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Denver Broncos quarterback Tim Tebow sits on the bench in the second quarter against the New England Patriots during their NFL AFC Divisional playoff football game in Foxborough, Massachusetts, January 14, 2012. REUTERS/Jessica Rinaldi


Our story begins with the end, with Tim Tebow walking from the interview room into the off-season via a chilly corridor of Gillette Stadium, where 20-year Zachary McLeod was waiting with his family. Tebow, the southpaw quarterback with the scruffy beard and smiling eyes, was about to execute the postgame plan a whole lot better than he and the Denver Broncos had performed outside on the field against Tom Brady and the Patriots.

Back in the interview room, Tebow had mentioned McLeod, of Cambridge, Mass., who four years ago suffered a traumatic brain injury in a high school football game that left him mentally disabled, unable to return to school or ever live on his own.

He spoke of spending time with McLeod before Saturday's game in what has become part of the weekly routine for Tebow wherever he has travelled as part of his foundation's Wish 15 program.

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"Overall, it wasn't a bad day," he'd said, after a 45-10 playoff drubbing by the Patriots. "It depends on what lens you look through."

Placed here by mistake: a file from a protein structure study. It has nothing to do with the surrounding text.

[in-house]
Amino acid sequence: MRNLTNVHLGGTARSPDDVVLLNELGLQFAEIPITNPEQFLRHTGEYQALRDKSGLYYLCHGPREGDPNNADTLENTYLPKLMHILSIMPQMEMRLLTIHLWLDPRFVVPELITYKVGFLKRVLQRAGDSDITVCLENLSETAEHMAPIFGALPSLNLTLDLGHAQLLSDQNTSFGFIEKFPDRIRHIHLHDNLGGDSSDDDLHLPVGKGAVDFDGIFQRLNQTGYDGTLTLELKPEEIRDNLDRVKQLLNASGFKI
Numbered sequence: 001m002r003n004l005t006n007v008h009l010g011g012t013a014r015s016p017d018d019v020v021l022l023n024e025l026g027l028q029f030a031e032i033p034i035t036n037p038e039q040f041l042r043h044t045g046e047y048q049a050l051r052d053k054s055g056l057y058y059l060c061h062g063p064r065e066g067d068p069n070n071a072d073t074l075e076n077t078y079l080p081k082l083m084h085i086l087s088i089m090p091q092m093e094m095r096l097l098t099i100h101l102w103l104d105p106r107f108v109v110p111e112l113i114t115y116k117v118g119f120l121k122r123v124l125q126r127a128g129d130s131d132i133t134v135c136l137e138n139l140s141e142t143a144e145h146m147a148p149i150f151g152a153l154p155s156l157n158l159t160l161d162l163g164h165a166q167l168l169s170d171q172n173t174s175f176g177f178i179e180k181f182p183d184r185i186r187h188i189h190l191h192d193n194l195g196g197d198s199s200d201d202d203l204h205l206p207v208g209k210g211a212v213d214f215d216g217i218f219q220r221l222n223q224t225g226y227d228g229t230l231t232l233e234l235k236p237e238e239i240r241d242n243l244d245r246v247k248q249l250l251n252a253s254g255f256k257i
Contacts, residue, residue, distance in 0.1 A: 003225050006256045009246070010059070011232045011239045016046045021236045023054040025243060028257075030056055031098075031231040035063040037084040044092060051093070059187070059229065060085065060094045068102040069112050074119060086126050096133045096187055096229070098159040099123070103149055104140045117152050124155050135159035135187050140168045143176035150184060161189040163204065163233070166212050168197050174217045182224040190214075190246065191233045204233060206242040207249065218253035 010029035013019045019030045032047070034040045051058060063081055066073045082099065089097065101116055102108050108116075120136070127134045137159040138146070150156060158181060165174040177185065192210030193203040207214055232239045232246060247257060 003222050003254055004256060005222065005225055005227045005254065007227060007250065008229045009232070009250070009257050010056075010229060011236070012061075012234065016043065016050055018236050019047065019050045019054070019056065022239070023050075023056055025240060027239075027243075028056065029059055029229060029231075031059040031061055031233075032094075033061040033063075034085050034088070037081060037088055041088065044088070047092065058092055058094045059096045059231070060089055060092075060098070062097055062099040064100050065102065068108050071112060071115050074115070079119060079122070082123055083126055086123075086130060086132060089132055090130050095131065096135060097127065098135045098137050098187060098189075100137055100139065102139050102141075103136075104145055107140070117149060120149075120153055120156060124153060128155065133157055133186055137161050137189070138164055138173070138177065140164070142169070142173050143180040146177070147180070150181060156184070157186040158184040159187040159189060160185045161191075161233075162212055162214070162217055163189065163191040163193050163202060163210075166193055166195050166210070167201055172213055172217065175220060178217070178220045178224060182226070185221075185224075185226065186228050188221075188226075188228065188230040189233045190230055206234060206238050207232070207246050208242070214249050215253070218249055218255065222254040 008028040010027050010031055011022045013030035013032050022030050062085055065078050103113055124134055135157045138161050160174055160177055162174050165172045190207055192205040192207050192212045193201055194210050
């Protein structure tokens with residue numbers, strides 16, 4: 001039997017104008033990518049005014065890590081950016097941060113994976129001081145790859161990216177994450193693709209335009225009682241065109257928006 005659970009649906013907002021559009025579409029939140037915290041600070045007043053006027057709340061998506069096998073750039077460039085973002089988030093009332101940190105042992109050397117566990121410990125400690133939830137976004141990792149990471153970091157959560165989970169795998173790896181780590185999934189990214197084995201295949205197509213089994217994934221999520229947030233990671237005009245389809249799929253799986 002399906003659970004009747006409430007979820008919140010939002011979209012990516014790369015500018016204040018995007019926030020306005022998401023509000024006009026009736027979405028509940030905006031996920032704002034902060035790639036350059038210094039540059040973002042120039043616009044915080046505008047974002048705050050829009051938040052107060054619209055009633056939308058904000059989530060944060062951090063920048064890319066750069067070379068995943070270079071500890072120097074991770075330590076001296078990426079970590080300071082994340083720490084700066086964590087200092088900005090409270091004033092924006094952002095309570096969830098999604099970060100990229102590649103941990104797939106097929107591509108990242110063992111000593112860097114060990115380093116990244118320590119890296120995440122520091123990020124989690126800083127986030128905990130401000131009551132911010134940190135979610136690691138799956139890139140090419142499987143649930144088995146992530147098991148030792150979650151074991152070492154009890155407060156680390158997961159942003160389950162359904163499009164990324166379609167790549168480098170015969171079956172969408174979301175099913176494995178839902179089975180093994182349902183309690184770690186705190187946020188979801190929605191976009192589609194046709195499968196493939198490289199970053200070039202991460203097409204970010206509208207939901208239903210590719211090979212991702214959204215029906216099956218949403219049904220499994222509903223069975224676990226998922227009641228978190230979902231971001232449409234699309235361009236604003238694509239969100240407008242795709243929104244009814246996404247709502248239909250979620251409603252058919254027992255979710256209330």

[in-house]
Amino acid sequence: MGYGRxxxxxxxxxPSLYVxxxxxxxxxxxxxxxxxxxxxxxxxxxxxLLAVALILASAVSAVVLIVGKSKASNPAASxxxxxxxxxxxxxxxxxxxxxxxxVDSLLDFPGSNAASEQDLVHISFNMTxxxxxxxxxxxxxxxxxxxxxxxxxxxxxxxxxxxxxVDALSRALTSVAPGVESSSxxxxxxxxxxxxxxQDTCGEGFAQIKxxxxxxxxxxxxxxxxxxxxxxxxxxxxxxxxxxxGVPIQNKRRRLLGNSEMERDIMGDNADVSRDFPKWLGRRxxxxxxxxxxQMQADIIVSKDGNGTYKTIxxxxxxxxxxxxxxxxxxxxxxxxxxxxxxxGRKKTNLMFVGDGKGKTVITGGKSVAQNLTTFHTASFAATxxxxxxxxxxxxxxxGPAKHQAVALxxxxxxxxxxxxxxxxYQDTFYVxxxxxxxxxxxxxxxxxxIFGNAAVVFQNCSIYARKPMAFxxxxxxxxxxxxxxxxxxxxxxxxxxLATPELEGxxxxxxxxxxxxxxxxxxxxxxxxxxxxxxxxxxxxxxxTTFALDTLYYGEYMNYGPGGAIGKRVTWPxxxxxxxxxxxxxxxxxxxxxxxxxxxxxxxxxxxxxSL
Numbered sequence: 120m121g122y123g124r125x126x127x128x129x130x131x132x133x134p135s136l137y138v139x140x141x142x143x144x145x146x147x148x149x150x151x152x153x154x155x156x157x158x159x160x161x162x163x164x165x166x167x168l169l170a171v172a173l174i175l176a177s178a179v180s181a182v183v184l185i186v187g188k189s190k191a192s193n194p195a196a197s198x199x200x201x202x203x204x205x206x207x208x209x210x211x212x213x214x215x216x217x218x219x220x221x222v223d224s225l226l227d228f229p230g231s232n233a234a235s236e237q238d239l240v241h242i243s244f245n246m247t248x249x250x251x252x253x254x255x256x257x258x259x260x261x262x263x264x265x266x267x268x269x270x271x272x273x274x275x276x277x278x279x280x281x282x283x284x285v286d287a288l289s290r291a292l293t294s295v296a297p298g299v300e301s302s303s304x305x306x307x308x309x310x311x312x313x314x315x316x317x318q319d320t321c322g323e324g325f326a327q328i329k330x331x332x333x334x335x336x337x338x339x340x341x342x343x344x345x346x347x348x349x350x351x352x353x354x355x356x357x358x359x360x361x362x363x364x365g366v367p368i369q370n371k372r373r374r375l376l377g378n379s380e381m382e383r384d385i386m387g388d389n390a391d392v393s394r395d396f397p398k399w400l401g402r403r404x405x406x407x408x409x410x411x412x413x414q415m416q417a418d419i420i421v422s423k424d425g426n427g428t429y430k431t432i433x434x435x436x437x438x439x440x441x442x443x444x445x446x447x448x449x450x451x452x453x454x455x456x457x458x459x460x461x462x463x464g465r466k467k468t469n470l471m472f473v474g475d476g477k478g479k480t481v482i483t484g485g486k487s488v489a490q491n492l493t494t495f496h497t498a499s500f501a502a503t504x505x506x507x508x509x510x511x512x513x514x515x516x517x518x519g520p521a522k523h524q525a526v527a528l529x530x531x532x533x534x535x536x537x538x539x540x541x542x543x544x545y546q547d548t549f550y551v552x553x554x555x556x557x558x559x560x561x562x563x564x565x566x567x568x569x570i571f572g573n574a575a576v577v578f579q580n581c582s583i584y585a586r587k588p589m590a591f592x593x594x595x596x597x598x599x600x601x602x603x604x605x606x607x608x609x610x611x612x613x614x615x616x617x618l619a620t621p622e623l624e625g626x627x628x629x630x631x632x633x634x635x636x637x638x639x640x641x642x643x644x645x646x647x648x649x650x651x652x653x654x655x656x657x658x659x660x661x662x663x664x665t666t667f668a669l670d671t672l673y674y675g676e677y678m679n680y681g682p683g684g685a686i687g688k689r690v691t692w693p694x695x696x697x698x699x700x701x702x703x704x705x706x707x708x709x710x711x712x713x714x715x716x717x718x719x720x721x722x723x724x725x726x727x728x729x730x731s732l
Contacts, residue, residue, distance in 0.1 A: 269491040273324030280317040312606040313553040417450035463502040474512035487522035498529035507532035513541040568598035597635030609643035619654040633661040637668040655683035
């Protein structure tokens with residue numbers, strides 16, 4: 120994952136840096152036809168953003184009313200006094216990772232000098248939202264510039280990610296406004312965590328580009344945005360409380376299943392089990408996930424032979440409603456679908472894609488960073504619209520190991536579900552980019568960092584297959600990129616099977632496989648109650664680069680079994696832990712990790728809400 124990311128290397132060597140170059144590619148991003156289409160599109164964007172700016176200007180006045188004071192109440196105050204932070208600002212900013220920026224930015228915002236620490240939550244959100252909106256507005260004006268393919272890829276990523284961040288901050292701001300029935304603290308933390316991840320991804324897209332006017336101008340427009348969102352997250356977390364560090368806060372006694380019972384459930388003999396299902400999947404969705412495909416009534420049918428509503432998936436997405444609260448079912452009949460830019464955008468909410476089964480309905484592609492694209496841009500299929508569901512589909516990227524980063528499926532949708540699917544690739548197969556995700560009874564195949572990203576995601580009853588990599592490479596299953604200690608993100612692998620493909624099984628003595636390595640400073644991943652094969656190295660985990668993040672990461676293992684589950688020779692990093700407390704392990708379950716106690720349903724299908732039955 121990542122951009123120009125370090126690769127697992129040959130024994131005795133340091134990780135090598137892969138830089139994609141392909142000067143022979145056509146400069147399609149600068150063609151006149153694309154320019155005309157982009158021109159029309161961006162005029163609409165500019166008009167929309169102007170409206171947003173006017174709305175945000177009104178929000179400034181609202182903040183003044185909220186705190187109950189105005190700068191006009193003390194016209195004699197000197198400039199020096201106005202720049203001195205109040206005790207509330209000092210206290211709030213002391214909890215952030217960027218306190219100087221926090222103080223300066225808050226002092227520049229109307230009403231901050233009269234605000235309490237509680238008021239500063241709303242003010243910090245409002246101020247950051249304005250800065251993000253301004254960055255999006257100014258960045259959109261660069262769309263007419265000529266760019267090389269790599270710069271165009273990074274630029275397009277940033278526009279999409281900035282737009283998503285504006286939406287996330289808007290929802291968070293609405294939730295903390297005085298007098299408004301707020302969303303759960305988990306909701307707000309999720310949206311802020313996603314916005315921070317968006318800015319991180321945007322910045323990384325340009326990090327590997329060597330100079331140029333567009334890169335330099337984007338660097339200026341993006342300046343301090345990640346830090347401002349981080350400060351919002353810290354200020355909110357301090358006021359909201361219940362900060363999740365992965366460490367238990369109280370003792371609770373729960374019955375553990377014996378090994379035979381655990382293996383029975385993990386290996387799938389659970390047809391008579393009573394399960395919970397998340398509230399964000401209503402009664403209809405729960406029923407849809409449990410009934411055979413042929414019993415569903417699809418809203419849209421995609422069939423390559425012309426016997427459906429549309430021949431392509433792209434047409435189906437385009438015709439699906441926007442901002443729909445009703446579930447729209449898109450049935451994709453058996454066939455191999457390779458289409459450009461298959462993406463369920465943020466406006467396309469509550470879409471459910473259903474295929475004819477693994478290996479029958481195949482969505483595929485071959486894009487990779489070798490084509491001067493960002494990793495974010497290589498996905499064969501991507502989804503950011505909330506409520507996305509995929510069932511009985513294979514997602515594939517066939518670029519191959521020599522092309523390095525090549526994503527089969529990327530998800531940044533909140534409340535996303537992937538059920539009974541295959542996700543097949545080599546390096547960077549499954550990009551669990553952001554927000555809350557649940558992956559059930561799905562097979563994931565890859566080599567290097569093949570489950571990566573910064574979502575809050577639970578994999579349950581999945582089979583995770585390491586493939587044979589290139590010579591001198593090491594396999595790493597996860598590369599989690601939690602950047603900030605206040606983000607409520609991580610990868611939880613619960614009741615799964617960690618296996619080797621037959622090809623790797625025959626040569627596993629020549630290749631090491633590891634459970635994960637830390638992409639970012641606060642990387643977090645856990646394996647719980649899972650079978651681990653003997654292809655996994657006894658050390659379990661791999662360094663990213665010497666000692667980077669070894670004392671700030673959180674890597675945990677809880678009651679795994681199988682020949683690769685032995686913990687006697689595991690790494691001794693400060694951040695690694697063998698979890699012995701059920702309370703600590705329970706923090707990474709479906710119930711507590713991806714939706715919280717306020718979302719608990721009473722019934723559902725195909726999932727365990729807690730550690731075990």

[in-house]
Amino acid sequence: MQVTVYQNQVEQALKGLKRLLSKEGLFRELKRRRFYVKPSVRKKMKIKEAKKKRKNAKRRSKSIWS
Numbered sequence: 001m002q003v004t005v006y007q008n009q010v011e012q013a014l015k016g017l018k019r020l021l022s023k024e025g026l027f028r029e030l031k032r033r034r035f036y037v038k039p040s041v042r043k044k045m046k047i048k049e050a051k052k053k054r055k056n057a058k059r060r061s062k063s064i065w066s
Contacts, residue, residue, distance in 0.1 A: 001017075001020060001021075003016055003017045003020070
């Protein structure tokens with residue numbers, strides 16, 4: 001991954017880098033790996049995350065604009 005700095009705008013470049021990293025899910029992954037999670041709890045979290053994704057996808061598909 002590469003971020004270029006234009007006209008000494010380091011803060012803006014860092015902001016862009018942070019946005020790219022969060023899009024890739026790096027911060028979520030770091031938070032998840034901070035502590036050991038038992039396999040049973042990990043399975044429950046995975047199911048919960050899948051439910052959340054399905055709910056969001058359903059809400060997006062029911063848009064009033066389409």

Tebow, as usual, was looking through the light of a devoutly religious life. In the corridor, he hugged the young man, whose parents, Pat and Tammy, called themselves devout Christians and said their son had been to South Africa on a mission only months before his injury.

Soon they were all praying together, while a protective cocoon of Tebow's people formed around the pair, getting huffy when a couple of reporters stopped to observe.

"Private family time," one said, which was strange, since the scene was a hard-to-miss public spectacle, like so much of the Tebowing phenomenon, and it lasted considerably longer than any Denver drive.

It was after midnight and Tebow's teammates were nowhere in sight, gone from the locker room and perhaps the stadium. A while earlier, John Elway had walked past the scrum, seemingly paying it no mind on his way to the bus in a long camel coat, a cell phone pressed to his ear. And at that moment you had to wonder if the Denver vice-president and most famous Bronco of all really believed – if he ever did – that Tebow could ever be the unquestioned quarterback of an NFL title contender.

Elway wasn't in the mood to talk – "not right now," he said, politely – but good luck to him if he had any thoughts of dislodging Tebow in the near future, even if he already is convinced that Tebow will never be more than a gadget player, a wildcat specialist. As much as Tebow, Elway becomes a featured player in this still-developing drama that has seized hold of the American psyche as a heated subtext to the ongoing culture wars. While Tebow has made his priorities clear that his faith comes first, Elway's job demands that he be the analytical secularist and stick to the science of football.